Kirb your enthusiasm!


"Pink isn't a color. It's a lifestyle." - Chumbalaya
"...generalship should be informing list building." - Sir Biscuit
"I buy models with my excess money" - Valkyrie whilst a waitress leans over him

Wednesday, September 14, 2011

Overconfidence and Losing: "I Got This... No Wait, I Don't Got This."

We talk a lot about good lists and good play here on the internets; there's a strong drive, at least amongst competitive players, to push everything to the limit. It isn't enough to just to have an okay list, you want the best list you can bring. Nothing wrong with that, after all; but the downside of that can be underestimating "non-optimal" lists when facing them on the tabletop. Many of these supposedly-subpar armies can be quite dangerous in their own way; for example, Daemons actually are quite beastly if they get into CC unharmed, and Footdar can be very resilient and put out surprising firepower at short ranges from Wraithguard, etc. People pick these armies because they do have strengths, even if they usually aren't as strong as their defenders will claim.

So there is a very real danger in underestimating an opponent's list just because you have dismissed it as a "real" competitor; if you don't understand the whys and hows of a list's failings as well as respect its strengths, you may very well be headed straight for that feeling of "Okay, I got this match... no wait, I don't got this match."

Understanding the opponent's list is critical against not only good lists, but also "bad" ones. (I am going to use the phrase "bad lists" a lot in this article to talk about non-optimal, poorly-designed, and otherwise subpar armies that players bring to the field for whatever reason; please don't take offense if I list your pet army here, some of my pet armies are in the same boat.) As I already said, even imperfect armies can be quite effective under the right circumstances or if dice rolls go their way; if Orks can pass a bunch of KFF saves on their Battlewagons, for example, they can put many enemies in a bad situation. If you are still stuck in the mental space of "Orks are bad, I can't lose to Orks," you probably will, because you are thinking about them in the conceptual, general sense and not what's across from you on the tabletop.

That is the important thing: play what's sitting across from you on the tabletop. Even if it's a not-good army, know what it can do and how it threatens you. Equating poor overall performance to being just poor in general is a fatal mistake, so take the time to evaluate the enemy army, figure out his threats, create a plan, and execute it just like you would against a top-tier list.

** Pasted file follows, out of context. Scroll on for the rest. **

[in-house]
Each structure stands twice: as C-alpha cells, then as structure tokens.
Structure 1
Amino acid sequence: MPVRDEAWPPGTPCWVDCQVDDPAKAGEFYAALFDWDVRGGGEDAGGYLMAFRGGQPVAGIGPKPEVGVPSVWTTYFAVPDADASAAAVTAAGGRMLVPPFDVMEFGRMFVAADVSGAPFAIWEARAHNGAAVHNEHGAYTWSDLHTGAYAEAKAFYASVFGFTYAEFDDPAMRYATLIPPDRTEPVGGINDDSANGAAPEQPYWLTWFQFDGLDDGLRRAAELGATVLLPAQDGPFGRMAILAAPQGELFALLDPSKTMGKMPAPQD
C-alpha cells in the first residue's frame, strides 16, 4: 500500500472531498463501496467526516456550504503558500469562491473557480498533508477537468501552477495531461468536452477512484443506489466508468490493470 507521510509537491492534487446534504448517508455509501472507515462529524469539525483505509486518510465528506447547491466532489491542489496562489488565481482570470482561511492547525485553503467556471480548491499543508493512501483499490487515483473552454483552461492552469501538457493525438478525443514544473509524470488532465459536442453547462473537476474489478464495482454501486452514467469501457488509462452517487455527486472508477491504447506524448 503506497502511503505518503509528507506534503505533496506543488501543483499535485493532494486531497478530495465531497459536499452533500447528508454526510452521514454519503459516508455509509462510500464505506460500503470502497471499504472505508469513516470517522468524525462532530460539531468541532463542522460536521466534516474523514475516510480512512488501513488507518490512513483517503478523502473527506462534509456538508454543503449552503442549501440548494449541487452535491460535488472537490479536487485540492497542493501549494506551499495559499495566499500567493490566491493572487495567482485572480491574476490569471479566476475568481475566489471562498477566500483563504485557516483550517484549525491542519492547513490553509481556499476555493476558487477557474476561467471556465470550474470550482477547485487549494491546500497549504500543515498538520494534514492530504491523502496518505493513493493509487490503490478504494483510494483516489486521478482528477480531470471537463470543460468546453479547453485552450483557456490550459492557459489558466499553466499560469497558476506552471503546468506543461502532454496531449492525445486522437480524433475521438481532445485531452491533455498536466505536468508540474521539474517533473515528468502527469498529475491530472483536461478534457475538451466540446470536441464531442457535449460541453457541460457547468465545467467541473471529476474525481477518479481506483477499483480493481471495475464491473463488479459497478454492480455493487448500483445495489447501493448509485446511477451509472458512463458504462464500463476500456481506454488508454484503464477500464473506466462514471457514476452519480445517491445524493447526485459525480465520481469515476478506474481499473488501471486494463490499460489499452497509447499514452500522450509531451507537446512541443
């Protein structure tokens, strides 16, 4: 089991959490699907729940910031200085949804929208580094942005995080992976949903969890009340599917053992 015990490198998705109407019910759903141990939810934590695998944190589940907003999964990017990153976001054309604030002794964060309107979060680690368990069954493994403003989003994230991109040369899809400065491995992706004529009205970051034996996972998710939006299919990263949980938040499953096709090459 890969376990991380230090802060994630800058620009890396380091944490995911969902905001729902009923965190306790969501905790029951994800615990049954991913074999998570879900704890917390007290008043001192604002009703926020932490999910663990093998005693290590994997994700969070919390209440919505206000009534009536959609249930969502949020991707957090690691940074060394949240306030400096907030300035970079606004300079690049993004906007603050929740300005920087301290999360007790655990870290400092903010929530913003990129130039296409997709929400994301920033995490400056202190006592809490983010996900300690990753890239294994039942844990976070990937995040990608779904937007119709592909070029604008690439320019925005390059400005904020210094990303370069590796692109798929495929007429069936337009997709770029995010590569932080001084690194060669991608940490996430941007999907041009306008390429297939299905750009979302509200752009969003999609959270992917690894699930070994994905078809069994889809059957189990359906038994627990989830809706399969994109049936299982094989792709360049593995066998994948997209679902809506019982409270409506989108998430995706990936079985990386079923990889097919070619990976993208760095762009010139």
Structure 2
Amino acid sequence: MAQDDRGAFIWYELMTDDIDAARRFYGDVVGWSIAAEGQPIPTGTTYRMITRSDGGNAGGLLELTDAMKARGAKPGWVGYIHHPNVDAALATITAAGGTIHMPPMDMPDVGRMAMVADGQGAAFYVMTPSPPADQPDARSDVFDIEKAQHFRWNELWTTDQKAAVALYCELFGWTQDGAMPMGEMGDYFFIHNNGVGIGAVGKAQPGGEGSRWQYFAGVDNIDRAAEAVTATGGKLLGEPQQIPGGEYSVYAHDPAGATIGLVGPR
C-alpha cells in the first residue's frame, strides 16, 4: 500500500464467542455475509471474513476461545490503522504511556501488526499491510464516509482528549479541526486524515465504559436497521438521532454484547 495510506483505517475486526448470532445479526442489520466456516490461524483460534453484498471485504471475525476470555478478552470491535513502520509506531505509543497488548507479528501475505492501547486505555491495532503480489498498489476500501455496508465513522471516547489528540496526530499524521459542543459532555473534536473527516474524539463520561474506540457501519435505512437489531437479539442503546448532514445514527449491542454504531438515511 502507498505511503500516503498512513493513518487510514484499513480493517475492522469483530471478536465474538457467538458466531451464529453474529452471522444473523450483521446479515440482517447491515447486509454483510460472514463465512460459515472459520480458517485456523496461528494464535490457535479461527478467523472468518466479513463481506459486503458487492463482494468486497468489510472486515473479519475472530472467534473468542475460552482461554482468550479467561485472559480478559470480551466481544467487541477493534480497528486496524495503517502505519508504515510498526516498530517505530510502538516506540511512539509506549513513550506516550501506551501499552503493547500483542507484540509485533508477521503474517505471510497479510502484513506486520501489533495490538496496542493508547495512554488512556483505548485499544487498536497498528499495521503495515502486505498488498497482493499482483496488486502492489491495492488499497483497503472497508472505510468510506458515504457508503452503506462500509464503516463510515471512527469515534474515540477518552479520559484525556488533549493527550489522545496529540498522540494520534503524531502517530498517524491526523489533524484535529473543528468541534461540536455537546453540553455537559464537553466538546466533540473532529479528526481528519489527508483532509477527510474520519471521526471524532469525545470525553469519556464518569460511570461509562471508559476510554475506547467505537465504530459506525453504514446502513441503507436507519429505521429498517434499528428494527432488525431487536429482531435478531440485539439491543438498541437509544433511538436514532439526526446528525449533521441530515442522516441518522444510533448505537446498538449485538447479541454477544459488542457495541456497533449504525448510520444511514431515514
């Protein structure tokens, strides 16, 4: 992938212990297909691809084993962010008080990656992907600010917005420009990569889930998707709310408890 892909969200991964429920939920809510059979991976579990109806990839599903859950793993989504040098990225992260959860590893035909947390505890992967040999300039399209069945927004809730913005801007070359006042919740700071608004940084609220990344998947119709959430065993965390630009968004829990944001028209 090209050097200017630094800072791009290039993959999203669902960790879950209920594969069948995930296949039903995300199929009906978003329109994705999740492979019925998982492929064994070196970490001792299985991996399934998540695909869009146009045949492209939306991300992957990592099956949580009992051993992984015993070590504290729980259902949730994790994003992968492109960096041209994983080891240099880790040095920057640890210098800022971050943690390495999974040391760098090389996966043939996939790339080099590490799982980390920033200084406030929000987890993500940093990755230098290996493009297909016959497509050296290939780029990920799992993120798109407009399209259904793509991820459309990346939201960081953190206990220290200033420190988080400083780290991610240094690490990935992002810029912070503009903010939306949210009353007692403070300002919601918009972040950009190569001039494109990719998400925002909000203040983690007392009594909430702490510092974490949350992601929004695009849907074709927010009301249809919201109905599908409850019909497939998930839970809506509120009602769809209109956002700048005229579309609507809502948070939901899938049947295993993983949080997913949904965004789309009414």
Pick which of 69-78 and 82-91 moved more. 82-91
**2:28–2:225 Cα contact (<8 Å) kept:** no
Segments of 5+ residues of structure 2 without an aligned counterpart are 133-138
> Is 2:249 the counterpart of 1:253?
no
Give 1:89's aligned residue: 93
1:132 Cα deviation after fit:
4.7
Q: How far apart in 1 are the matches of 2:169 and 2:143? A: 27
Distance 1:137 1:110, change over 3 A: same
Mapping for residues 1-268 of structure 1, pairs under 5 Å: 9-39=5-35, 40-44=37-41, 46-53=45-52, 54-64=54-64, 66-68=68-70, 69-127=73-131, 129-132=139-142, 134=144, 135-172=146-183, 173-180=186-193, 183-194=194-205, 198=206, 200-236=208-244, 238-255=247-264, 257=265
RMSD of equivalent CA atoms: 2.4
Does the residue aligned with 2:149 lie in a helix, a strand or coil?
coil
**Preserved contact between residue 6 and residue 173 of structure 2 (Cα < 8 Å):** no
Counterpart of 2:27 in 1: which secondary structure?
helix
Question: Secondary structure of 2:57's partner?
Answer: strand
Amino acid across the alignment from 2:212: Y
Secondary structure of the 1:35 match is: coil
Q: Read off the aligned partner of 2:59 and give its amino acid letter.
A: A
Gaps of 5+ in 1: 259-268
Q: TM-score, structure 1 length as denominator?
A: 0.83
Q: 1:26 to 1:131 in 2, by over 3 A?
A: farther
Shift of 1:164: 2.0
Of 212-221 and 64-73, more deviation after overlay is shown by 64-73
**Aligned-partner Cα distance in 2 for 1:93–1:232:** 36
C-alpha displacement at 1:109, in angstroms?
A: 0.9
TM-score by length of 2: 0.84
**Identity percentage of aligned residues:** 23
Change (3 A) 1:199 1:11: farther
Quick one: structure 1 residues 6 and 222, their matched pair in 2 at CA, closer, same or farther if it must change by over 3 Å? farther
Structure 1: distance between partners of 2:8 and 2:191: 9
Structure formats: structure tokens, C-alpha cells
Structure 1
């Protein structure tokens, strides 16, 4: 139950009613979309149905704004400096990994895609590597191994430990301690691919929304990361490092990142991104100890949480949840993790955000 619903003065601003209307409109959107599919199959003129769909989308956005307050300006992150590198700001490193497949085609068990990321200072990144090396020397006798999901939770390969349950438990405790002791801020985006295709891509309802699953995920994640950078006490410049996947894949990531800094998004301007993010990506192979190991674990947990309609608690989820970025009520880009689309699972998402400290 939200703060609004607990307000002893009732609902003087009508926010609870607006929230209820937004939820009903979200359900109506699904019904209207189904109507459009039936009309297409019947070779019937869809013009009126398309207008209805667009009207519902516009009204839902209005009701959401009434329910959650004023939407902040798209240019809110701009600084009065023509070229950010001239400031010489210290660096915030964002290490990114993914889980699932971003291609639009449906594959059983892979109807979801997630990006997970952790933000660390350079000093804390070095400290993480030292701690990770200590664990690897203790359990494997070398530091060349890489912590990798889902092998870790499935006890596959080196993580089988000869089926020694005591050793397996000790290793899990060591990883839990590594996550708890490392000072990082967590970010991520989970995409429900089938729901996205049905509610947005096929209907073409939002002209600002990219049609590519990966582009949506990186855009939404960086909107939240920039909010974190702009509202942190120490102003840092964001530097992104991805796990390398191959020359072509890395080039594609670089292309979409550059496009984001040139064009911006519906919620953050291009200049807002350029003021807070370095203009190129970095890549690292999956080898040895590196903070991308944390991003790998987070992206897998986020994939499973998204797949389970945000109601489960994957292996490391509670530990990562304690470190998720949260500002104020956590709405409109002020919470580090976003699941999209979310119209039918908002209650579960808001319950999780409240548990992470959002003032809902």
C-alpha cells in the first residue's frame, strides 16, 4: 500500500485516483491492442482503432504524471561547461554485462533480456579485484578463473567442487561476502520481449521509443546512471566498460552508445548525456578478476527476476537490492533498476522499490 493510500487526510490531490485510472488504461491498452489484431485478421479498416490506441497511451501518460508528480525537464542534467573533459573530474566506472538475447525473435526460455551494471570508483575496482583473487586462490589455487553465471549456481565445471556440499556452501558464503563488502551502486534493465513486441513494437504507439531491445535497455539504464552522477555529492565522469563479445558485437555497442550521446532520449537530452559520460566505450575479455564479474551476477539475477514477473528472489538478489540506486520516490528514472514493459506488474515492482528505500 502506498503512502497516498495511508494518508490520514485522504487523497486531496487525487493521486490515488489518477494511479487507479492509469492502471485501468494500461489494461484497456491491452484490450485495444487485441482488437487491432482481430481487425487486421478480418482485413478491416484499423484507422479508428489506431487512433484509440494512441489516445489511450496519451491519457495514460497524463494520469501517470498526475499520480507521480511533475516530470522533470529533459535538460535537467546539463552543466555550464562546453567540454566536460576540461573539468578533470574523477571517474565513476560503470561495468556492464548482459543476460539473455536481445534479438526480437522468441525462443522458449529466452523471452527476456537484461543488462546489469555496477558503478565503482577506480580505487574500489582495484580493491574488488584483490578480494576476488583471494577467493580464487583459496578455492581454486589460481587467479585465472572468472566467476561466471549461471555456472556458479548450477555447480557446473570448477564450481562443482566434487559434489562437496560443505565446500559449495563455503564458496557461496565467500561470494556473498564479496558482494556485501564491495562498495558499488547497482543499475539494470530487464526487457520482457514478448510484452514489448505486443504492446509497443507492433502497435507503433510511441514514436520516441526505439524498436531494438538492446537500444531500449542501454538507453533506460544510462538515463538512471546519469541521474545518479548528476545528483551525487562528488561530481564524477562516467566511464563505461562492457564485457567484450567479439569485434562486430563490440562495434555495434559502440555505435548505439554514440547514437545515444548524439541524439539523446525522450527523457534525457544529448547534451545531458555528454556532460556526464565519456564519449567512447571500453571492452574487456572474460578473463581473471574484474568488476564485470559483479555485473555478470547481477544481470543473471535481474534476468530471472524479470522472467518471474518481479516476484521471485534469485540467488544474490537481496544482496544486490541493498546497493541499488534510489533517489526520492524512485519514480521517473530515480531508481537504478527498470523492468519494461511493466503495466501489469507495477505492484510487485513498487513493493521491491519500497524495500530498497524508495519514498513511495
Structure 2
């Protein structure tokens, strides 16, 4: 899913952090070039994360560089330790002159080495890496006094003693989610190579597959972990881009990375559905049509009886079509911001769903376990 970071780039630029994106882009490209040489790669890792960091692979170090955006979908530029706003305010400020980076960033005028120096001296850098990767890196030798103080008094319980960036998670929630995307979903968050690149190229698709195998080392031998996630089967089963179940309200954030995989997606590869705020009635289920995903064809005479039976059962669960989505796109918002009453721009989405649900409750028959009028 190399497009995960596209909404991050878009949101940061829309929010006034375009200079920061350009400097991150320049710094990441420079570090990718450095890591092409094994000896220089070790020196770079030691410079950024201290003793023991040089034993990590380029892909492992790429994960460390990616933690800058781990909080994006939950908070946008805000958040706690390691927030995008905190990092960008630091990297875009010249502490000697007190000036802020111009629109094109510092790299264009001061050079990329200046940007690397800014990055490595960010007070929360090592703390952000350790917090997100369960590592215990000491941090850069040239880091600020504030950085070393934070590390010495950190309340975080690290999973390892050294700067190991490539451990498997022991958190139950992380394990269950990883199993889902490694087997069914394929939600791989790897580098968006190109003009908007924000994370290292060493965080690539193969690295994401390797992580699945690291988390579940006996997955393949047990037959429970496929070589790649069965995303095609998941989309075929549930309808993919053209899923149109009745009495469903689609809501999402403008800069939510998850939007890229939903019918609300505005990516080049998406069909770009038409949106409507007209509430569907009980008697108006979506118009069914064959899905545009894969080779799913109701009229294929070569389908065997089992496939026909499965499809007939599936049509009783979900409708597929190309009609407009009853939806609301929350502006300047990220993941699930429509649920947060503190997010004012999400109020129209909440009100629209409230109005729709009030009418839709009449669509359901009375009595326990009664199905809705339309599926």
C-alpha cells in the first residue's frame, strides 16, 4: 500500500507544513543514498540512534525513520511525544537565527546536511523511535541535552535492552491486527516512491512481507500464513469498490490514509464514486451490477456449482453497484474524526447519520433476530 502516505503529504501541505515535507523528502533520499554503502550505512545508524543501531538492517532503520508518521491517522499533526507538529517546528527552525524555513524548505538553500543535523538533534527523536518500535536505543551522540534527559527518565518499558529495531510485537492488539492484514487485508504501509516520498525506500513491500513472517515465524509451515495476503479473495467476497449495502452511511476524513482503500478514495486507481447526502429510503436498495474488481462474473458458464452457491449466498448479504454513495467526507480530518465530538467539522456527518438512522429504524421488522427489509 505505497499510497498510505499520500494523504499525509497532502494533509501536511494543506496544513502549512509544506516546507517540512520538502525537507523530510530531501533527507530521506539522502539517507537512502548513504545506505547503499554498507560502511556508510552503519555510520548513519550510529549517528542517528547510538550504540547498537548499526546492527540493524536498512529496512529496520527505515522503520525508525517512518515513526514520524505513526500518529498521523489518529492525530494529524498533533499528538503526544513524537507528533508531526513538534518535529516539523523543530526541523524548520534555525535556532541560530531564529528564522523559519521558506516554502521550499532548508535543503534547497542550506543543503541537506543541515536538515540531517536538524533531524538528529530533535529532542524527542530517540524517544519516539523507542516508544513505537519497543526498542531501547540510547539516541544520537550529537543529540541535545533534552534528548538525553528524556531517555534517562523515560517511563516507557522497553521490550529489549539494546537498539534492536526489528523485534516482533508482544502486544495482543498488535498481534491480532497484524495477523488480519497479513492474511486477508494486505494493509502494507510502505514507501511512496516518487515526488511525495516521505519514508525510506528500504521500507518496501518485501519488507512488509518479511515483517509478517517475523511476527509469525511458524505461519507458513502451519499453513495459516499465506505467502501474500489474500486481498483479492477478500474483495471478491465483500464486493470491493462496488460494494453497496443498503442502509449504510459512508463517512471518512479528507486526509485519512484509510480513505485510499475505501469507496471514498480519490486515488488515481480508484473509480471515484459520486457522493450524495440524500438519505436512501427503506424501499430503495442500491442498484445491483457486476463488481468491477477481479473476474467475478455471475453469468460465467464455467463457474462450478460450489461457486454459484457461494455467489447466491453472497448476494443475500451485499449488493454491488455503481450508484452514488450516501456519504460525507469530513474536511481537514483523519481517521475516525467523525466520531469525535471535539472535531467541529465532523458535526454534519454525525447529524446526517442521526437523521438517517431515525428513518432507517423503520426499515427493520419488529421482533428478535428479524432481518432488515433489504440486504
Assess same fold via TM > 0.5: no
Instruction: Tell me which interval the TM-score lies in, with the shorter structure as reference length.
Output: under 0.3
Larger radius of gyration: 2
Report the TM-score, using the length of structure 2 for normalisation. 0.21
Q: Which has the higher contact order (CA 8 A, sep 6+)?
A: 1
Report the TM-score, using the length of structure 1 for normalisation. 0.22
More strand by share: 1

Just as importantly, remember that lists and generals are not the same. Just because the guy is piloting a crappy battleforce army doesn't mean he's bad at the game- he may have been playing that army for ten years now and know it like the back of his hand. That doesn't make the army not bad, but it DOES mean that he may very well be capable of using it to its absolute peak of effectiveness, so if you treat him like a brain-damaged fifth-grader, he might just roll your ass over. Let's repeat that again, because it's kind of important:

A bad list does not make a bad general. A good list does not make a good general.

This assumption comes up way too often on the internet; "Oh, so-and-so won with this list, that means it's really good" or "Well, I'm bringing RazorWolves, so I figure I pretty much can't lose." Bullshit, and horseshit piled on top of it with a light dressing of pigshit. There's no magical rule that forces good players to use good lists, and there's likewise no divine bolt that descends from the blue to make you a genius once to lay inspiration and aptitude at the feet of a bad player who finds a good list. Both list-writing and generalship are skills, and they are separate skills; if you want to be good at them, you'll have to practice, and not everyone is necessarily talented at both simultaneously.

I will admit, I have gotten my ass kicked by bad lists before; it happens sometimes. Occasionally, it's luck; more often, it's because I misplayed, either from inexperience or overconfidence. The former is forgivable, but for a competitive player, the latter is not. When you face someone across the table, don't half-ass it because you think they're a n00b due to the list they're bringing; give them a good fight. If it turns out you're pummeling them, let up a little, but if you walk into it smirking and assuming they're gonna be a pushover, you will deserve every inch of the beating they hand you.

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